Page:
Heloise Nicholl, shown with her family in the film, is a HAT Good Neighbour Habitat Steward. (Alex Harris Photo, Submitted)

VIDEO: Landowners creating backyard wildlife habitats in Greater Victoria

Western screech-owls, frogs, bears – even cougars – rely on privately owned habitat

Private landowners own 80 per cent of the Capital Regional District, so Habitat Acquisition Trust (HAT) figured it made sense to work directly with those individuals to create frog-, owl- and bear-friendly habitats in their own backyards.

The Good Neighbour program just released a short film, What does it mean to be a Good Neighbour to Nature? showing how a four landowners became land stewards, in the middle of extensive development in the region.

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Already they’ve heard the exciting call of a western screech-owl, a creature HAT says hasn’t been seen in Metchosin for more than 10 years.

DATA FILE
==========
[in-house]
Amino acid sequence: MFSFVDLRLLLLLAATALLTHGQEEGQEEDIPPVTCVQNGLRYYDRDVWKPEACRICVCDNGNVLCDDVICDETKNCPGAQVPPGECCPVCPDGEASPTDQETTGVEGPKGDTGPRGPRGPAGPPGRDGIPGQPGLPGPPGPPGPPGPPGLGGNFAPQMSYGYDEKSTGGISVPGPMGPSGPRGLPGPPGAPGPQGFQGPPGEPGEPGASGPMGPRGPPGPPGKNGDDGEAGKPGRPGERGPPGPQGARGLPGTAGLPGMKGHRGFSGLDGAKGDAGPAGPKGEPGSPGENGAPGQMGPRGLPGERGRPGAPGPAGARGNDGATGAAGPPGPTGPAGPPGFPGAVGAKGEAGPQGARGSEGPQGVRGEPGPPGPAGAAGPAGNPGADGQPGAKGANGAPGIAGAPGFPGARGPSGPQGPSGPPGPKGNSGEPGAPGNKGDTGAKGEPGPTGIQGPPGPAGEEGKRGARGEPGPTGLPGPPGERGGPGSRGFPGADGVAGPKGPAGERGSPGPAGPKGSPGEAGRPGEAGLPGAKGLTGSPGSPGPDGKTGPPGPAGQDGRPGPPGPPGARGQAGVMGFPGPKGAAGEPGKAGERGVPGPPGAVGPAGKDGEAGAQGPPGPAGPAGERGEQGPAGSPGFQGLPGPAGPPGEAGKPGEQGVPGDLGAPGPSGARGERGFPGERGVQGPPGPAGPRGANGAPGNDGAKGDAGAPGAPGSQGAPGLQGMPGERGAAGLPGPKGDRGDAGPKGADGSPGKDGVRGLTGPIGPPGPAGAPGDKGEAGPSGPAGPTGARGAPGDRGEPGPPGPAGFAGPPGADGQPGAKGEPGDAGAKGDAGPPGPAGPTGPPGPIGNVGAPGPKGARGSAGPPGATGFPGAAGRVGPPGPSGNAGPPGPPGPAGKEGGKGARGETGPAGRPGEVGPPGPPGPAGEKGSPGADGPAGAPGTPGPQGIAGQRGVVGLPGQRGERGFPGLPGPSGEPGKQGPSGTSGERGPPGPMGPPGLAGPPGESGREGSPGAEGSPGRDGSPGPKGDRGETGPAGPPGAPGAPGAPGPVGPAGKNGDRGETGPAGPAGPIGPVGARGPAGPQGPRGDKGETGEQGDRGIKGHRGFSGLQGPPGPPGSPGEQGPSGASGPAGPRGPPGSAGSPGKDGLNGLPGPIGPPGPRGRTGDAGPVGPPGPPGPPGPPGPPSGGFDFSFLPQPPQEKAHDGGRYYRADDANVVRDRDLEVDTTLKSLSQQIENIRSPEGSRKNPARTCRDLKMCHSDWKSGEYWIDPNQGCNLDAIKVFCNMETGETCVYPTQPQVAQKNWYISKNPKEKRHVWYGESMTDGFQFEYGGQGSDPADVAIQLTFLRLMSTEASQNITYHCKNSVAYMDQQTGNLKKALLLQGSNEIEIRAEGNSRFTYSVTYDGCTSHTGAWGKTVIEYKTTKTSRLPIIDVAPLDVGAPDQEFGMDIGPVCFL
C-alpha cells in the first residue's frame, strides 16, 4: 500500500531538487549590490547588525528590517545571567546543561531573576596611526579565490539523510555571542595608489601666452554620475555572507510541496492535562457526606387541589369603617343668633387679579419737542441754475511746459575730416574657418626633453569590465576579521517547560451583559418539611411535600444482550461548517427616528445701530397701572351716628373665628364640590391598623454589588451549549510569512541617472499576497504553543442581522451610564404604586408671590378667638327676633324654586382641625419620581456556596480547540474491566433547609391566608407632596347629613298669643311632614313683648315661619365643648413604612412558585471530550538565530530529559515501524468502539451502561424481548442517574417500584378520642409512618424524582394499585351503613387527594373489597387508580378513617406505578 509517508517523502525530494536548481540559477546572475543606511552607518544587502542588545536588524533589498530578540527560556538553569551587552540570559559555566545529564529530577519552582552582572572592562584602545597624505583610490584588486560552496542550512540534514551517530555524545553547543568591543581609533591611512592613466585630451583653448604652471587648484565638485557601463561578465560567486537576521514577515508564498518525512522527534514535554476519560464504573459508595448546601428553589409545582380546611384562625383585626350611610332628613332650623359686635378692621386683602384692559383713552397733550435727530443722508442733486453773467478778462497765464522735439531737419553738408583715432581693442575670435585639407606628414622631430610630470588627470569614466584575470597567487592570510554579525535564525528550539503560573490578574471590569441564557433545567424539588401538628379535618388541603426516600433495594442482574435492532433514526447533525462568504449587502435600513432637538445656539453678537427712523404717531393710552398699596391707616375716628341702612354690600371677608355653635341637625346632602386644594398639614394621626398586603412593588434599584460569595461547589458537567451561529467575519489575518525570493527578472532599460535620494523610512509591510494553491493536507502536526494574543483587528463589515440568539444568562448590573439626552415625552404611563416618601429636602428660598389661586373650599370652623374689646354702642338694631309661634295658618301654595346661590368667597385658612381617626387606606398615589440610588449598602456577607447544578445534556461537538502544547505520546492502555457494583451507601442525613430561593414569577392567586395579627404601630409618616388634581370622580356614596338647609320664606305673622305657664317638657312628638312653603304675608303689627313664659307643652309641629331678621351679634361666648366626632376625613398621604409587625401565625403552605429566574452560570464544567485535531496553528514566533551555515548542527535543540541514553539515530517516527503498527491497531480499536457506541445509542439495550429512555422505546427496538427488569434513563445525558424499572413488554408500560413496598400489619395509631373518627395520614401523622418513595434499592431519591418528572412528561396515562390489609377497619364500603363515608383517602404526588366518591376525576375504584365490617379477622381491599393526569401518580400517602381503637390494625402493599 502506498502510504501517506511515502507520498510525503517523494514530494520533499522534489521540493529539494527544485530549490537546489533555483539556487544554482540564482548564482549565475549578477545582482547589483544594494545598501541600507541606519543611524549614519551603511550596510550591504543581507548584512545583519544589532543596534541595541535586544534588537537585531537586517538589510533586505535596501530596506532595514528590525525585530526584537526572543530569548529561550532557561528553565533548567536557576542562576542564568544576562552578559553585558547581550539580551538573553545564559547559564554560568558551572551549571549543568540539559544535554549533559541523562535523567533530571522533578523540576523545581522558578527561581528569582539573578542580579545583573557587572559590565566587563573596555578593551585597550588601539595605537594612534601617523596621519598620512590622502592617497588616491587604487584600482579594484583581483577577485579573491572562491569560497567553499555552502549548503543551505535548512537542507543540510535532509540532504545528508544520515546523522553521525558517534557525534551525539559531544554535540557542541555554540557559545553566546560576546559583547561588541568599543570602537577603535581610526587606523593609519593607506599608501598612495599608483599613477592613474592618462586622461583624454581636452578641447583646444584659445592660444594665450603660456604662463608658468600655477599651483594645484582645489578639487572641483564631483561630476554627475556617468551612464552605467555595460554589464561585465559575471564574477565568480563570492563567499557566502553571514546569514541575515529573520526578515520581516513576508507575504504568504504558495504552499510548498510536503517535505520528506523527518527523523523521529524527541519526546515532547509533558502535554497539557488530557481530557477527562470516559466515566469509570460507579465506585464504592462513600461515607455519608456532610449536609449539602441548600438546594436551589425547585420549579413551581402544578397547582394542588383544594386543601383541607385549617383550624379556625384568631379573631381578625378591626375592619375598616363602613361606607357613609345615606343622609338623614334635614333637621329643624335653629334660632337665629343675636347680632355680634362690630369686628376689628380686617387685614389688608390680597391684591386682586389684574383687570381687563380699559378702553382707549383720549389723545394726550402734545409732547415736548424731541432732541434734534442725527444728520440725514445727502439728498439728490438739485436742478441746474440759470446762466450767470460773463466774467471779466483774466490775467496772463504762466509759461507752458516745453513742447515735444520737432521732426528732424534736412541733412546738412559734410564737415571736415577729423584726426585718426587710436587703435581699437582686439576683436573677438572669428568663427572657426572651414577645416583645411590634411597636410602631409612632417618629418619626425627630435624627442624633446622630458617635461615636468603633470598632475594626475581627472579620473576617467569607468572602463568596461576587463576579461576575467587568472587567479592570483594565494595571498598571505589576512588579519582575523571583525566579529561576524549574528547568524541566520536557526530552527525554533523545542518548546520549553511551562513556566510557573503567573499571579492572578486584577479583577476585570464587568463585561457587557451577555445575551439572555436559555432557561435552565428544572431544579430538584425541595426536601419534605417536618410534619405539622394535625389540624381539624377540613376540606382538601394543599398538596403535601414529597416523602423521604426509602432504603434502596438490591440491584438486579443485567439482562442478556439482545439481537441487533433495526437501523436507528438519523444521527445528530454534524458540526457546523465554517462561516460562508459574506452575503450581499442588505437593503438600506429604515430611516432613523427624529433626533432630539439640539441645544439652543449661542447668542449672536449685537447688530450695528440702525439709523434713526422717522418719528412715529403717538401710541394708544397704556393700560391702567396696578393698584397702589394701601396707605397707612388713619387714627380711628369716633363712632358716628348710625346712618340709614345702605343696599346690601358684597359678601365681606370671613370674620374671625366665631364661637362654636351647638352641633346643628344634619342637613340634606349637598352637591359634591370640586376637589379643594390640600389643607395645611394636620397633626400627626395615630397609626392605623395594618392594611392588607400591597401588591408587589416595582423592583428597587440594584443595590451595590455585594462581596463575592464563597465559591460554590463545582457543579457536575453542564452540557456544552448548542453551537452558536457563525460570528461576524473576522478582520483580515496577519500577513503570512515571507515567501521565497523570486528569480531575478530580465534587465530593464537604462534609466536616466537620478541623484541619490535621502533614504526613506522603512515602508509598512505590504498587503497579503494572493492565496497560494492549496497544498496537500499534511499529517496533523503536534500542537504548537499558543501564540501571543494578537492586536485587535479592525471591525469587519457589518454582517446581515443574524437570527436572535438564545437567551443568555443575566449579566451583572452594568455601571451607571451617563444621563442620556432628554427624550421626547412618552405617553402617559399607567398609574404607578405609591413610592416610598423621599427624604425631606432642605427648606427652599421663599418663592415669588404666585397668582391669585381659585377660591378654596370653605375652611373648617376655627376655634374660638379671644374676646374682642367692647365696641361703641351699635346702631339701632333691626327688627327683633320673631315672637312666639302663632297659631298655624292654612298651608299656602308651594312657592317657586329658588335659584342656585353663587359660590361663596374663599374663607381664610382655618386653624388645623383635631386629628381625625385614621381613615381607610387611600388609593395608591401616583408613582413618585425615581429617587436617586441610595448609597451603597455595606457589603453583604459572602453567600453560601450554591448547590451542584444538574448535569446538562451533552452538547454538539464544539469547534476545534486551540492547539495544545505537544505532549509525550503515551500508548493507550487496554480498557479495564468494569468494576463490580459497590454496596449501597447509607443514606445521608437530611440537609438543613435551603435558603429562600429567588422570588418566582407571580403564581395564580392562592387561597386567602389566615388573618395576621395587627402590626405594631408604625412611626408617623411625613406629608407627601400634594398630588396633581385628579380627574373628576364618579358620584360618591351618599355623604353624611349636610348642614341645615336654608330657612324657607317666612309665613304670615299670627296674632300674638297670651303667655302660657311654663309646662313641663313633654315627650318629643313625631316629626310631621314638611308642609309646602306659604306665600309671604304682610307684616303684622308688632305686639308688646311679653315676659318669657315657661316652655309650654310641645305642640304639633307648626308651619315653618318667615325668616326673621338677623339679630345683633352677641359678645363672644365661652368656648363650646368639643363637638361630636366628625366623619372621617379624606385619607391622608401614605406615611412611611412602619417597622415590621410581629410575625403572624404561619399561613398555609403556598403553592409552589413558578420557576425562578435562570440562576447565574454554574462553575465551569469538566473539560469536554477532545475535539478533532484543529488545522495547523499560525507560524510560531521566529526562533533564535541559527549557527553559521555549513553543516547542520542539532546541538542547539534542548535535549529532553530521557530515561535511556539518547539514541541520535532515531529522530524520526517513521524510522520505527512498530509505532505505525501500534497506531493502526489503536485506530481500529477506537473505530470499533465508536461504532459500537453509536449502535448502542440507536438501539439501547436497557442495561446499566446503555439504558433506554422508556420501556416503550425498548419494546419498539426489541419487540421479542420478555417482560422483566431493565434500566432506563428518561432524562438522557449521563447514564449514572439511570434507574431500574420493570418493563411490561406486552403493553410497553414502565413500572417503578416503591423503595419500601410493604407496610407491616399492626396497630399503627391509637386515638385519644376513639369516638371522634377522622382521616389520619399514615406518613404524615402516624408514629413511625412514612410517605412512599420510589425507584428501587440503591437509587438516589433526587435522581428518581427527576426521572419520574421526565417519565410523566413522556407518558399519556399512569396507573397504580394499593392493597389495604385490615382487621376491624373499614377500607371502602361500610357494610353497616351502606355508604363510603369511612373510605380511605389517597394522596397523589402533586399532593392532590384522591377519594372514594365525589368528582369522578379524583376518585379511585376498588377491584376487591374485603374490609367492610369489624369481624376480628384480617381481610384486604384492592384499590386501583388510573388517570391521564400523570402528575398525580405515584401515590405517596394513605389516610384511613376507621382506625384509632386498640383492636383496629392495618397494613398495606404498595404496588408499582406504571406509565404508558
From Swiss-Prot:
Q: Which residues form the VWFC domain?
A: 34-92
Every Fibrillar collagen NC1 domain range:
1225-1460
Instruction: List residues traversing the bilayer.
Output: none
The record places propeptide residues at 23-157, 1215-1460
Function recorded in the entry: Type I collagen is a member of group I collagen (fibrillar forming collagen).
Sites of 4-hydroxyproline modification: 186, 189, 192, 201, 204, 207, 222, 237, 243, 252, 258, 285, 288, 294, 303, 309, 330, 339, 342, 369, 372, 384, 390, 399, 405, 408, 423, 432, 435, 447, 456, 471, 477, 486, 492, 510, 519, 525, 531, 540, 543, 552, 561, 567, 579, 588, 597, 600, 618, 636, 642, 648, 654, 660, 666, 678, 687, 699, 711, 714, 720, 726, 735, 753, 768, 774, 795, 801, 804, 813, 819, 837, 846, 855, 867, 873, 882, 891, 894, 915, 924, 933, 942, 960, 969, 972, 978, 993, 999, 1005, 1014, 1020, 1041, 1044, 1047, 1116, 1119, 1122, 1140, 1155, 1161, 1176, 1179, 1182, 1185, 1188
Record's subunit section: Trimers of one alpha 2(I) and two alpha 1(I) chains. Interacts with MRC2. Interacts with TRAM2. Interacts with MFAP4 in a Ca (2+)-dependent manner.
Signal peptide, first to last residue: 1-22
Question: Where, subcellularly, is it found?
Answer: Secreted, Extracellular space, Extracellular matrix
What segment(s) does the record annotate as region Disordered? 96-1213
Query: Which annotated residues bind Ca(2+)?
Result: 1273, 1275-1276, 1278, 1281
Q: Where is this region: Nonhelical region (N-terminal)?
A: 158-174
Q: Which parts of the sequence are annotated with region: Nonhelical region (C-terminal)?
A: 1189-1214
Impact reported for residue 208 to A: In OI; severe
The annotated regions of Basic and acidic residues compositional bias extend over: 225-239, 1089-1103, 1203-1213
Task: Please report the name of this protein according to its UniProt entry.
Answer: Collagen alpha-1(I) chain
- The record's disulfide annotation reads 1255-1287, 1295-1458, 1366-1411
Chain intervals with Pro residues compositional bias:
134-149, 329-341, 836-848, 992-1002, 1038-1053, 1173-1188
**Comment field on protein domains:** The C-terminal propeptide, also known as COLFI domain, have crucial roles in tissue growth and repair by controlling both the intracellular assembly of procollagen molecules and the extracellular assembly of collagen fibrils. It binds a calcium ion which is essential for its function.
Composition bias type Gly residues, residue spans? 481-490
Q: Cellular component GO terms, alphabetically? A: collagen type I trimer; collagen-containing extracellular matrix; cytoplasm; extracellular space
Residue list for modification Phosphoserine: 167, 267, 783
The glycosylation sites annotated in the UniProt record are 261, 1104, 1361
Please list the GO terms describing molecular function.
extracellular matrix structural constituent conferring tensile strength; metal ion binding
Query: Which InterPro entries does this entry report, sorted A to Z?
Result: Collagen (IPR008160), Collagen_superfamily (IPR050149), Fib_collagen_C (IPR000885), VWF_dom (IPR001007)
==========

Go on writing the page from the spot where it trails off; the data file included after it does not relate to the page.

“We were beyond thrilled when we heard a western screech-owl for the first time in our lives, and realized that this threatened owl was living in Metchosin. When we notified HAT, the enthusiasm and speed of response was amazing, visiting our site, educating us about habitat, and connecting us with a biologist, Joanna, who quickly installed a recording unit on our property,” says Nicole Shukin, one of the stewards featured in the film.

Over three years since it was started, HAT’s Good Neighbours has worked with more than 1,000 landowners in Sooke, Langford and Metchosin.

RELATED: Greater Victoria program hosts free habitat mapping workshop

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Environment